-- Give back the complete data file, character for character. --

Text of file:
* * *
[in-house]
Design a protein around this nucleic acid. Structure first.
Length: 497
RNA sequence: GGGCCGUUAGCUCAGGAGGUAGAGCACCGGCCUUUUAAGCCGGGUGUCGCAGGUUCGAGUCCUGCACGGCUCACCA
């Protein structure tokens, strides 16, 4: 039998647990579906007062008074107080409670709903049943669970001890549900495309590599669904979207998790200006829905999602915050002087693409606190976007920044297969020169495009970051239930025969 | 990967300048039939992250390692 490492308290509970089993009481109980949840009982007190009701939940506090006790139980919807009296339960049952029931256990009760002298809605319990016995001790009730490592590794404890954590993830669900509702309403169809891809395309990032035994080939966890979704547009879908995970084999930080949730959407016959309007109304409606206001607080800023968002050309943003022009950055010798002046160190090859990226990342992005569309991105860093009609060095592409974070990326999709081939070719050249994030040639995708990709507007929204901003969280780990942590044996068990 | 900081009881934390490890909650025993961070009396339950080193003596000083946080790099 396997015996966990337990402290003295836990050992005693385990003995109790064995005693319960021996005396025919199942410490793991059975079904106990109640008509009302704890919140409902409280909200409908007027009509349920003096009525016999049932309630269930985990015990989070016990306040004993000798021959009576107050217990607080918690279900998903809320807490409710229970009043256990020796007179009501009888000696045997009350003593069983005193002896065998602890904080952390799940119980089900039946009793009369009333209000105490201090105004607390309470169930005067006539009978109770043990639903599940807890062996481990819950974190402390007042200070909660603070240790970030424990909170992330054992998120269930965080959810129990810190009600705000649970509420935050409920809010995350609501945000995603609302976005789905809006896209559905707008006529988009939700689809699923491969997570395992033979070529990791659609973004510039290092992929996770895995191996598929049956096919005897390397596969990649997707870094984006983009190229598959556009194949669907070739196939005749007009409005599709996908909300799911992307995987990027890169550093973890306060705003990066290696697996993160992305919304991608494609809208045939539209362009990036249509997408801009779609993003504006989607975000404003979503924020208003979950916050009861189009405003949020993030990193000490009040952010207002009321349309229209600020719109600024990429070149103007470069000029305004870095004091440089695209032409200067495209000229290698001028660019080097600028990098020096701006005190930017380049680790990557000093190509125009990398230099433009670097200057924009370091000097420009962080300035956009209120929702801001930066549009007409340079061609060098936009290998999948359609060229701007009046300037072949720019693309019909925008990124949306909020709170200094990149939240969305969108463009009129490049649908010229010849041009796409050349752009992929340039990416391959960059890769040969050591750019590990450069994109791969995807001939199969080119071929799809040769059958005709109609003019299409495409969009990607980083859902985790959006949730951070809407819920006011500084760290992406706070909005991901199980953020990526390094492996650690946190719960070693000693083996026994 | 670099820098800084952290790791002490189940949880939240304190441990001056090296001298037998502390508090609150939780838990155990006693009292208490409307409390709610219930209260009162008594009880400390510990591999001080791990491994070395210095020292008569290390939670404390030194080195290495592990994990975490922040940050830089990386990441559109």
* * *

[in-house]
Design a protein around this nucleic acid. Structure first.
Length: 497
RNA sequence: GGGCCGUUAGCUCAGGAGGUAGAGCACCGGCCUUUUAAGCCGGGUGUCGCAGGUUCGAGUCCUGCACGGCUCACCA
């Protein structure tokens, strides 16, 4: 039998647990579906007062008074107080409670709903049943669970001890549900495309590599669904979207998790200006829905999602915050002087693409606190976007920044297969020169495009970051239930025969 | 990967300048039939992250390692 490492308290509970089993009481109980949840009982007190009701939940506090006790139980919807009296339960049952029931256990009760002298809605319990016995001790009730490592590794404890954590993830669900509702309403169809891809395309990032035994080939966890979704547009879908995970084999930080949730959407016959309007109304409606206001607080800023968002050309943003022009950055010798002046160190090859990226990342992005569309991105860093009609060095592409974070990326999709081939070719050249994030040639995708990709507007929204901003969280780990942590044996068990 | 900081009881934390490890909650025993961070009396339950080193003596000083946080790099 396997015996966990337990402290003295836990050992005693385990003995109790064995005693319960021996005396025919199942410490793991059975079904106990109640008509009302704890919140409902409280909200409908007027009509349920003096009525016999049932309630269930985990015990989070016990306040004993000798021959009576107050217990607080918690279900998903809320807490409710229970009043256990020796007179009501009888000696045997009350003593069983005193002896065998602890904080952390799940119980089900039946009793009369009333209000105490201090105004607390309470169930005067006539009978109770043990639903599940807890062996481990819950974190402390007042200070909660603070240790970030424990909170992330054992998120269930965080959810129990810190009600705000649970509420935050409920809010995350609501945000995603609302976005789905809006896209559905707008006529988009939700689809699923491969997570395992033979070529990791659609973004510039290092992929996770895995191996598929049956096919005897390397596969990649997707870094984006983009190229598959556009194949669907070739196939005749007009409005599709996908909300799911992307995987990027890169550093973890306060705003990066290696697996993160992305919304991608494609809208045939539209362009990036249509997408801009779609993003504006989607975000404003979503924020208003979950916050009861189009405003949020993030990193000490009040952010207002009321349309229209600020719109600024990429070149103007470069000029305004870095004091440089695209032409200067495209000229290698001028660019080097600028990098020096701006005190930017380049680790990557000093190509125009990398230099433009670097200057924009370091000097420009962080300035956009209120929702801001930066549009007409340079061609060098936009290998999948359609060229701007009046300037072949720019693309019909925008990124949306909020709170200094990149939240969305969108463009009129490049649908010229010849041009796409050349752009992929340039990416391959960059890769040969050591750019590990450069994109791969995807001939199969080119071929799809040769059958005709109609003019299409495409969009990607980083859902985790959006949730951070809407819920006011500084760290992406706070909005991901199980953020990526390094492996650690946190719960070693000693083996026994 | 670099820098800084952290790791002490189940949880939240304190441990001056090296001298037998502390508090609150939780838990155990006693009292208490409307409390709610219930209260009162008594009880400390510990591999001080791990491994070395210095020292008569290390939670404390030194080195290495592990994990975490922040940050830089990386990441559109």